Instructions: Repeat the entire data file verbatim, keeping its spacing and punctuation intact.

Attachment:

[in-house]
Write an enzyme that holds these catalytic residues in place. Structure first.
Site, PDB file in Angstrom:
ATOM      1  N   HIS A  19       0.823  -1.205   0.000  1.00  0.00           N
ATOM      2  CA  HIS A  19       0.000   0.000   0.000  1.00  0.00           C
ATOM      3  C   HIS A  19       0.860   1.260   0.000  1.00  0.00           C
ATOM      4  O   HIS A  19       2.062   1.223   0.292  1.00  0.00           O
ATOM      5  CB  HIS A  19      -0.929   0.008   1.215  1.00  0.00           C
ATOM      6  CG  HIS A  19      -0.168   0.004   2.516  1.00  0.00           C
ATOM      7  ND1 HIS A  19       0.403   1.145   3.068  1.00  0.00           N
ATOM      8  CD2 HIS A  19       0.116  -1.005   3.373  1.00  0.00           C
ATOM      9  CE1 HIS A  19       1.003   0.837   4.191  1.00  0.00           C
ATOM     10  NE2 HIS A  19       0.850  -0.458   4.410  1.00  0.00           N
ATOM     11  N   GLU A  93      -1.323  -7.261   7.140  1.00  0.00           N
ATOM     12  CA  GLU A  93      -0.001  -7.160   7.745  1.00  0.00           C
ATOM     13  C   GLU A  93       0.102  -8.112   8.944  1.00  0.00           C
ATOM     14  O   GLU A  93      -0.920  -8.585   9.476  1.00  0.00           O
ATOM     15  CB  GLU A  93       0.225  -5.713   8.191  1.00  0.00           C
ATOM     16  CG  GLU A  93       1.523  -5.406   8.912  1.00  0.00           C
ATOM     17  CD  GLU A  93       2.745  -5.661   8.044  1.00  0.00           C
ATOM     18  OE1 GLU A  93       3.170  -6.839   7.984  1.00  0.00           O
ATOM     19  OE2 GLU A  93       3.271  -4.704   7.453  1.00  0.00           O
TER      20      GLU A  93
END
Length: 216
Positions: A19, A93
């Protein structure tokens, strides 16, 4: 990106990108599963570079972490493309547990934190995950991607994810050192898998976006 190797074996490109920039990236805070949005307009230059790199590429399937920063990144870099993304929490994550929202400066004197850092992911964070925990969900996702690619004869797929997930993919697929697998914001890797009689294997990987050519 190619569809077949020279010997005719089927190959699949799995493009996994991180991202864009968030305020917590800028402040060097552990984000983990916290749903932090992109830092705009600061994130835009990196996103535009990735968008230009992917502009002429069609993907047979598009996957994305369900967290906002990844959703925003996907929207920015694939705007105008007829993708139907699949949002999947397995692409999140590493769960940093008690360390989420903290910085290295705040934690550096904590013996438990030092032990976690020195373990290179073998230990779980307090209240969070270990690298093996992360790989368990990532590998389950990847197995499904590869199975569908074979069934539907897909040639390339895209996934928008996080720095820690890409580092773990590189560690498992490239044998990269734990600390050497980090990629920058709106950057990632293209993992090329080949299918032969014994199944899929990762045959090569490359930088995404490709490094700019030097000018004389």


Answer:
[in-house]
Write an enzyme that holds these catalytic residues in place. Structure first.
Site, PDB file in Angstrom:
ATOM      1  N   HIS A  19       0.823  -1.205   0.000  1.00  0.00           N
ATOM      2  CA  HIS A  19       0.000   0.000   0.000  1.00  0.00           C
ATOM      3  C   HIS A  19       0.860   1.260   0.000  1.00  0.00           C
ATOM      4  O   HIS A  19       2.062   1.223   0.292  1.00  0.00           O
ATOM      5  CB  HIS A  19      -0.929   0.008   1.215  1.00  0.00           C
ATOM      6  CG  HIS A  19      -0.168   0.004   2.516  1.00  0.00           C
ATOM      7  ND1 HIS A  19       0.403   1.145   3.068  1.00  0.00           N
ATOM      8  CD2 HIS A  19       0.116  -1.005   3.373  1.00  0.00           C
ATOM      9  CE1 HIS A  19       1.003   0.837   4.191  1.00  0.00           C
ATOM     10  NE2 HIS A  19       0.850  -0.458   4.410  1.00  0.00           N
ATOM     11  N   GLU A  93      -1.323  -7.261   7.140  1.00  0.00           N
ATOM     12  CA  GLU A  93      -0.001  -7.160   7.745  1.00  0.00           C
ATOM     13  C   GLU A  93       0.102  -8.112   8.944  1.00  0.00           C
ATOM     14  O   GLU A  93      -0.920  -8.585   9.476  1.00  0.00           O
ATOM     15  CB  GLU A  93       0.225  -5.713   8.191  1.00  0.00           C
ATOM     16  CG  GLU A  93       1.523  -5.406   8.912  1.00  0.00           C
ATOM     17  CD  GLU A  93       2.745  -5.661   8.044  1.00  0.00           C
ATOM     18  OE1 GLU A  93       3.170  -6.839   7.984  1.00  0.00           O
ATOM     19  OE2 GLU A  93       3.271  -4.704   7.453  1.00  0.00           O
TER      20      GLU A  93
END
Length: 216
Positions: A19, A93
């Protein structure tokens, strides 16, 4: 990106990108599963570079972490493309547990934190995950991607994810050192898998976006 190797074996490109920039990236805070949005307009230059790199590429399937920063990144870099993304929490994550929202400066004197850092992911964070925990969900996702690619004869797929997930993919697929697998914001890797009689294997990987050519 190619569809077949020279010997005719089927190959699949799995493009996994991180991202864009968030305020917590800028402040060097552990984000983990916290749903932090992109830092705009600061994130835009990196996103535009990735968008230009992917502009002429069609993907047979598009996957994305369900967290906002990844959703925003996907929207920015694939705007105008007829993708139907699949949002999947397995692409999140590493769960940093008690360390989420903290910085290295705040934690550096904590013996438990030092032990976690020195373990290179073998230990779980307090209240969070270990690298093996992360790989368990990532590998389950990847197995499904590869199975569908074979069934539907897909040639390339895209996934928008996080720095820690890409580092773990590189560690498992490239044998990269734990600390050497980090990629920058709106950057990632293209993992090329080949299918032969014994199944899929990762045959090569490359930088995404490709490094700019030097000018004389």